The Effects of Roof and Wall Insulation on the Energy Costs of Buildings

White Building

Good questions will often have short answers and long answers. “How does insulation affect my energy costs?” is a good question. 

Here’s the short answer: proper insulation has the effect of lowering your energy costs. You might even say that there’s a direct correlation between insulation and energy costs – the more insulation a building has, the lower its energy costs will be.

Short answers are problematic, however, because while they can point you in the right direction, they don’t give you the why behind the what. That’s why we’re dedicating this entire article to explaining how roof and wall insulation affect a building’s energy consumption. Let’s dive in.

What Is Insulation?

Thermal insulation exists to stop heat transfer. Heat always moves toward cold spaces – insulation impedes this movement. That means that insulation keeps buildings warm in the winter by making it more difficult for heat to move from the warm interior toward the cold exterior. In the summer, insulation keeps buildings cooler by keeping warm exterior air away from the building’s cooler interior.

Why is roof and wall insulation important?

All forms of building insulation are important – your doors, windows, and even your floors all impact how heat moves into, through, and out of your building. Your roof and walls will be particularly important points for insulation, however.

The roof is likely the largest surface area of your building. It’s constantly exposed to solar radiation, an important source of heat. Heat moves up, which also means an improperly insulated roof can lead to heat quickly seeping out of your home.

Your building’s walls are, of course, another large surface that can be affected by the sun’s radiation, as well as both conduction and convection. In other words, your roof and walls are both big surfaces – and the bigger the surface, the more important it is to insulate.

Climate & Energy Efficiency

Insulation will help you save on energy costs in any climate – but the types of roof and wall insulation you’ll choose will vary from climate to climate. Climates that are extremely cold benefit more from high levels of insulation. In fact, every region has its own recommended R-values, a measurement of the thermal resistance of insulating materials. In colder regions, higher R-values are recommended.

In warm climates, insulation can still lower the costs of air conditioning, and relatively high R-values are still recommended. These climates are particularly well suited to alternative methods of preventing heat gain – radiant barriers that reflect the sun’s rays, for example, can seriously reduce the heat gain of buildings in hot climates.

All this to say, the best insulation for commercial roofs in northern Canada will differ substantially from the best insulation for residential roofs in southern Texas. Your climate, and how your building is used, will dictate the type and amount of insulation you’ll need. 

Over-insulating Your Roof & Walls

You’d be forgiven for thinking over-insulating is a bad idea. It sounds like it means “using too much insulation”, but what it actually means is “insulating your building above and beyond industry standards”.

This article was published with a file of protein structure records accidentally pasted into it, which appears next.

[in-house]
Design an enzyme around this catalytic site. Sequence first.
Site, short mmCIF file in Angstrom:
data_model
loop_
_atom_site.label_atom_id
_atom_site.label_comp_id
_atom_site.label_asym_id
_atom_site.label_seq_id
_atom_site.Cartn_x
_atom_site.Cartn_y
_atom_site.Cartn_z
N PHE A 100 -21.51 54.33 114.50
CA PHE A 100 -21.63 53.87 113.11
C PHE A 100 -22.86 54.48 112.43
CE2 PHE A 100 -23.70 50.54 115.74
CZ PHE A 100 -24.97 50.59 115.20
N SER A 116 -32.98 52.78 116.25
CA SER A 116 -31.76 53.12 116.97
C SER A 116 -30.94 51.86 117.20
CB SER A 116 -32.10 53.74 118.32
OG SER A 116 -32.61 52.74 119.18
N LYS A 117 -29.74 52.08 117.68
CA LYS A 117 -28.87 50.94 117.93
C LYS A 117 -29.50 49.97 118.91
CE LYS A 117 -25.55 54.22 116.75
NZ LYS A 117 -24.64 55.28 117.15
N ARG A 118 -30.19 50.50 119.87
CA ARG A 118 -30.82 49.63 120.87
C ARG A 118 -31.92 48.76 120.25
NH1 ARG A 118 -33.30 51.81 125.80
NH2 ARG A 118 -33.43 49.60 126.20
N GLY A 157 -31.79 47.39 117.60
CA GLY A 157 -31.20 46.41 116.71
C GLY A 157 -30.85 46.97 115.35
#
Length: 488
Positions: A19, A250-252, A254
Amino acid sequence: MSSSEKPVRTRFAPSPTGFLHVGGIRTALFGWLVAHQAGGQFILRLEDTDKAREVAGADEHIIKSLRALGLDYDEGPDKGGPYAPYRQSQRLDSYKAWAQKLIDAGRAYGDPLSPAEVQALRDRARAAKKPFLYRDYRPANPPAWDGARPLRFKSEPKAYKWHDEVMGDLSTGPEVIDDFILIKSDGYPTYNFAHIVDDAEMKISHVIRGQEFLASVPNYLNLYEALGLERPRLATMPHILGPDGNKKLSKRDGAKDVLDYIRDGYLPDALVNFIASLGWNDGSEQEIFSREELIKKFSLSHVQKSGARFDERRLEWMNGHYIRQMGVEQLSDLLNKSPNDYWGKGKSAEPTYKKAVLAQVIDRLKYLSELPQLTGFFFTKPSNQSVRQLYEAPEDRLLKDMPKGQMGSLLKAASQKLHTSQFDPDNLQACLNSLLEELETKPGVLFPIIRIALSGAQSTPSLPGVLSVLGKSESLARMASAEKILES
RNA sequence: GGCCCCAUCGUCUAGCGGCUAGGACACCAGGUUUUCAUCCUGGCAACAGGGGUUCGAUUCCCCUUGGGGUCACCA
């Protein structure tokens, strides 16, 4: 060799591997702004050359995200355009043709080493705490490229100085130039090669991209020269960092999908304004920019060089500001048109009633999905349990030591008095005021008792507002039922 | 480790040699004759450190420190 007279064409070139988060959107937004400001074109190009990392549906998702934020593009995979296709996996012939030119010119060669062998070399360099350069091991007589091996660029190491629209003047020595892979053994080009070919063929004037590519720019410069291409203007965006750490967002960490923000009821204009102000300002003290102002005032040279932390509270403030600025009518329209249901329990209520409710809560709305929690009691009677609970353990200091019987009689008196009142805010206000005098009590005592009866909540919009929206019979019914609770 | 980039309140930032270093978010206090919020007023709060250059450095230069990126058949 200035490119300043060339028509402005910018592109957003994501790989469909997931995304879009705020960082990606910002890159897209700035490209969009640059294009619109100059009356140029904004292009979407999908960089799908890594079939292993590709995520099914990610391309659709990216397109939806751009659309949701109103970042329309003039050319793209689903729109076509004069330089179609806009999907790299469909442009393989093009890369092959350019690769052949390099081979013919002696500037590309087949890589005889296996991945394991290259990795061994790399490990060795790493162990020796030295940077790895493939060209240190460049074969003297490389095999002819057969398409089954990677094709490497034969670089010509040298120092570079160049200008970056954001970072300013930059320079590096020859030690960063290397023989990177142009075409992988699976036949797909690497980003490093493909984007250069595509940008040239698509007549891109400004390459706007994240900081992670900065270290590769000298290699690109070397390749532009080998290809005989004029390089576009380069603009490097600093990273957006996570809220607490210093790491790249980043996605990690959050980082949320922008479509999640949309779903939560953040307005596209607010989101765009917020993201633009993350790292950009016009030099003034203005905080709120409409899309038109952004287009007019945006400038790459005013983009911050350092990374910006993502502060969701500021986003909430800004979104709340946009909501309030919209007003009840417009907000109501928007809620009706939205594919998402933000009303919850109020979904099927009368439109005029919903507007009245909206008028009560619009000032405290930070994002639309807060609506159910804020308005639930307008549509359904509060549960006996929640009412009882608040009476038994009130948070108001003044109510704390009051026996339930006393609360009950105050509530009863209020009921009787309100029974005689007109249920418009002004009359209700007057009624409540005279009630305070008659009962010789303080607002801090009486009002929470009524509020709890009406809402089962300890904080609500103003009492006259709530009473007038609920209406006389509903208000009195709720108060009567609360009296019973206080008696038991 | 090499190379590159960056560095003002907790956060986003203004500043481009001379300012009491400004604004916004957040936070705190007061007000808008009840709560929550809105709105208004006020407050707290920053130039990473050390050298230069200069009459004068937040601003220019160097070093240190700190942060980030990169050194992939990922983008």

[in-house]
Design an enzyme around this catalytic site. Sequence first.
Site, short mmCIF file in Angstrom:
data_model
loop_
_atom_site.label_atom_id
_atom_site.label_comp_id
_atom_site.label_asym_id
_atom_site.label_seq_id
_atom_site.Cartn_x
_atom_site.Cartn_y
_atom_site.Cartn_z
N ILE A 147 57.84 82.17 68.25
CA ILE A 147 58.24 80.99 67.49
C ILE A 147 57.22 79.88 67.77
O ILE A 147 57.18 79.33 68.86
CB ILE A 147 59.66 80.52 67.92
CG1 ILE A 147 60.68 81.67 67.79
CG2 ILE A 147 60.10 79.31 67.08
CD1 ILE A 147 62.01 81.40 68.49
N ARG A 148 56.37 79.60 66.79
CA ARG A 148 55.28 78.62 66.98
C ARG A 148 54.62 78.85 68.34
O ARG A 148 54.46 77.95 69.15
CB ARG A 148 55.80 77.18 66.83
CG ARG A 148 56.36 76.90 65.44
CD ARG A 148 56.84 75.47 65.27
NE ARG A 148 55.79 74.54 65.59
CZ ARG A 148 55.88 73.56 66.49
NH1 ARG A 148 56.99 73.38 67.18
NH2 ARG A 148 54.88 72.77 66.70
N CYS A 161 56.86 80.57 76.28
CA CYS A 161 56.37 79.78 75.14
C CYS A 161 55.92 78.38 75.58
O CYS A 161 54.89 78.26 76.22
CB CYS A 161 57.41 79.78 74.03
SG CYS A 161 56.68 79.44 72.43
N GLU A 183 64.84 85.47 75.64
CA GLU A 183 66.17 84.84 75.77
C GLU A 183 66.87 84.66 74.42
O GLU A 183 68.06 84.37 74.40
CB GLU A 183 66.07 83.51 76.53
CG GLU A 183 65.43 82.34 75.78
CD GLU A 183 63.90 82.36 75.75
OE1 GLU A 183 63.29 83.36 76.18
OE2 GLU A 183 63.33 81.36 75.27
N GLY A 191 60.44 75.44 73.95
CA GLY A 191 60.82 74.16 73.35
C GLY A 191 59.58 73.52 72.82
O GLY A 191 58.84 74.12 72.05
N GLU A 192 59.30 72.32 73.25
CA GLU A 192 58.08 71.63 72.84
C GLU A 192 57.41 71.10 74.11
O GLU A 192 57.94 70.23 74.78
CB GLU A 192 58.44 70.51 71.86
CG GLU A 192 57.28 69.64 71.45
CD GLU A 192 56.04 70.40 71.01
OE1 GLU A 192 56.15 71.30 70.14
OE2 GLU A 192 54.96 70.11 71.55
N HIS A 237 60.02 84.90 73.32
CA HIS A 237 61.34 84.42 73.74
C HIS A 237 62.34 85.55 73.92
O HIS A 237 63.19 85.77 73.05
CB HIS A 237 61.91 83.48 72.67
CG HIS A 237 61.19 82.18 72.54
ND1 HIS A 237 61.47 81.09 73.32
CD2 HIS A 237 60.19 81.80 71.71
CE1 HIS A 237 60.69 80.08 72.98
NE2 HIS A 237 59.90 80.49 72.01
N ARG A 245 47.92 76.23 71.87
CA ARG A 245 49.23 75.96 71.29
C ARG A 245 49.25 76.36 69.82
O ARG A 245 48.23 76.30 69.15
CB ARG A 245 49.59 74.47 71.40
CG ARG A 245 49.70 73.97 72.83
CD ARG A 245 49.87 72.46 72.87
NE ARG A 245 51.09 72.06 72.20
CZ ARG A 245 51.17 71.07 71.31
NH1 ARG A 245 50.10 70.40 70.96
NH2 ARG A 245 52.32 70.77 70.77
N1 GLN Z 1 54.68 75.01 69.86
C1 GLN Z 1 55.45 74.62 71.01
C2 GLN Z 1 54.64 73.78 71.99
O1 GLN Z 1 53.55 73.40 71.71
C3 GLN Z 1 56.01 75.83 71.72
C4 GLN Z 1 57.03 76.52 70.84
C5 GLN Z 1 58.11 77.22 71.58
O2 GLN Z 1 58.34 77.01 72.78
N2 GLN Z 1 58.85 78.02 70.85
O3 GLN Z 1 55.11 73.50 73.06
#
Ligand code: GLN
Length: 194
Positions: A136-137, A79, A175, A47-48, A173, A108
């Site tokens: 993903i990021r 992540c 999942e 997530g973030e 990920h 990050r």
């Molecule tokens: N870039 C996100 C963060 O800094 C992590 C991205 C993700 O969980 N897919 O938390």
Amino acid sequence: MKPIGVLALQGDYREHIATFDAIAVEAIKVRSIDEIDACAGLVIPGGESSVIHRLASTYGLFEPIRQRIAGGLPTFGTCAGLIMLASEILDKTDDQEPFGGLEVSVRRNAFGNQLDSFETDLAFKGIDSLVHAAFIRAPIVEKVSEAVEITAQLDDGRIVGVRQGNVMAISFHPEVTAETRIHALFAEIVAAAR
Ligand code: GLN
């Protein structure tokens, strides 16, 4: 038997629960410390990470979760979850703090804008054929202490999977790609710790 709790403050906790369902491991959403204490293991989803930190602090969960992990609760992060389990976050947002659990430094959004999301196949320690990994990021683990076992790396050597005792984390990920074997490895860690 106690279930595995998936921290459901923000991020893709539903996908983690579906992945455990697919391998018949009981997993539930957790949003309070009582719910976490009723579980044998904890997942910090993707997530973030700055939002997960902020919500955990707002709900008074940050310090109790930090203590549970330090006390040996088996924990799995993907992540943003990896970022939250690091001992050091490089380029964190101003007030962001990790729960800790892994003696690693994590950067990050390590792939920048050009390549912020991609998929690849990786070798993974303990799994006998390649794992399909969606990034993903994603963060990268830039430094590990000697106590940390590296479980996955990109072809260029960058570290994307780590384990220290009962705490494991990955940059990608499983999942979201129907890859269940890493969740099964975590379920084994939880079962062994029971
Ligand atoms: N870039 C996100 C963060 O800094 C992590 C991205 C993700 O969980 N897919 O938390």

By over-insulating, you can almost completely eliminate heat transfer in your building. That means your building will stay at room temperature year-round. In mild climates, you may not even need to use heating or cooling equipment, and you’ll be well served by heat pumps – you may not need a furnace or boiler.

Not needing to use an air conditioner or a furnace will seriously lower your building’s energy costs – heating and cooling are by far the greatest contributors to the energy bills of a building, as well as to its ongoing carbon emissions. But over-insulating your roof and walls does impede air transfer.

To counteract that, we recommend using energy recovery ventilators if you plan on over-insulating. These ventilators will ensure that your building is supplied with fresh air, all while allowing your insulation to stop unwanted heat transfer.

Other Techniques To Lower Energy Costs

Insulating your roof and walls is an important piece of the puzzle when it comes to lowering your building’s energy costs. There are a number of other things you can do to reduce your energy costs even more.

Opt to use energy-efficient heating and cooling equipment instead of standard furnaces and air conditioners. Heat pumps are usually an excellent idea in mild climates, and in warm climates. You can also replace your central air conditioner with a ductless air conditioner.

Energy monitoring techniques can also help reduce your building’s energy consumption. The right thermostat can help you improve energy efficiency by helping you monitor how much energy you save by changing the temperature in your building by a degree or two. These thermostats can also enable you to alter the temperature based on the occupancy of the building and the time of day. You can even adjust the temperature using your smartphone with some thermostats.

Heating and cooling make up most of a building’s energy costs. Properly insulating your roof and walls, coupled with other energy-saving techniques, can seriously reduce your overhead costs. 

Buildings In The UK

How To Ensure Your Property Is Up To UK Safety Standards

House With A Pool

A Guide to Buying Your First Home: What You Need to Look Out For